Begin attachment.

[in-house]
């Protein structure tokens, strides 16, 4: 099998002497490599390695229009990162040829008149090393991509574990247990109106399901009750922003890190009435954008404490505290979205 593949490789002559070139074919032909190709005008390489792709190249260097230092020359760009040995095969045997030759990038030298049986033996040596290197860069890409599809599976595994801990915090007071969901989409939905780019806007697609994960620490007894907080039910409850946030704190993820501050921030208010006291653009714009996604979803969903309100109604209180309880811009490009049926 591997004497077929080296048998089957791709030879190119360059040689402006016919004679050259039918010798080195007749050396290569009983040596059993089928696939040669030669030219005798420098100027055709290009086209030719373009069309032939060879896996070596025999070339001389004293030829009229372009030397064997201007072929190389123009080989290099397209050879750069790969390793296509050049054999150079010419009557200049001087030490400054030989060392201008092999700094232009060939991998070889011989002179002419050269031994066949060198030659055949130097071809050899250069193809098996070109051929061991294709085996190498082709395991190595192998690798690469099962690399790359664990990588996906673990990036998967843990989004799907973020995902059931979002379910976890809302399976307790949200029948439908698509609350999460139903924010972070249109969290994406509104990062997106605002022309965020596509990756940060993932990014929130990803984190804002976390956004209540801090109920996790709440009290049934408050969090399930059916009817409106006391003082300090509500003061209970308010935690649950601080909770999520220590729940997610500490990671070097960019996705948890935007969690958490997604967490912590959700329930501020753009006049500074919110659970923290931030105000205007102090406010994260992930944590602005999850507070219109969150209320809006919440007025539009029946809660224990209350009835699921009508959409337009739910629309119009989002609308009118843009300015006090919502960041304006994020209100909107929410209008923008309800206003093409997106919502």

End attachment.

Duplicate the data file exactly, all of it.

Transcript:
[in-house]
């Protein structure tokens, strides 16, 4: 099998002497490599390695229009990162040829008149090393991509574990247990109106399901009750922003890190009435954008404490505290979205 593949490789002559070139074919032909190709005008390489792709190249260097230092020359760009040995095969045997030759990038030298049986033996040596290197860069890409599809599976595994801990915090007071969901989409939905780019806007697609994960620490007894907080039910409850946030704190993820501050921030208010006291653009714009996604979803969903309100109604209180309880811009490009049926 591997004497077929080296048998089957791709030879190119360059040689402006016919004679050259039918010798080195007749050396290569009983040596059993089928696939040669030669030219005798420098100027055709290009086209030719373009069309032939060879896996070596025999070339001389004293030829009229372009030397064997201007072929190389123009080989290099397209050879750069790969390793296509050049054999150079010419009557200049001087030490400054030989060392201008092999700094232009060939991998070889011989002179002419050269031994066949060198030659055949130097071809050899250069193809098996070109051929061991294709085996190498082709395991190595192998690798690469099962690399790359664990990588996906673990990036998967843990989004799907973020995902059931979002379910976890809302399976307790949200029948439908698509609350999460139903924010972070249109969290994406509104990062997106605002022309965020596509990756940060993932990014929130990803984190804002976390956004209540801090109920996790709440009290049934408050969090399930059916009817409106006391003082300090509500003061209970308010935690649950601080909770999520220590729940997610500490990671070097960019996705948890935007969690958490997604967490912590959700329930501020753009006049500074919110659970923290931030105000205007102090406010994260992930944590602005999850507070219109969150209320809006919440007025539009029946809660224990209350009835699921009508959409337009739910629309119009989002609308009118843009300015006090919502960041304006994020209100909107929410209008923008309800206003093409997106919502």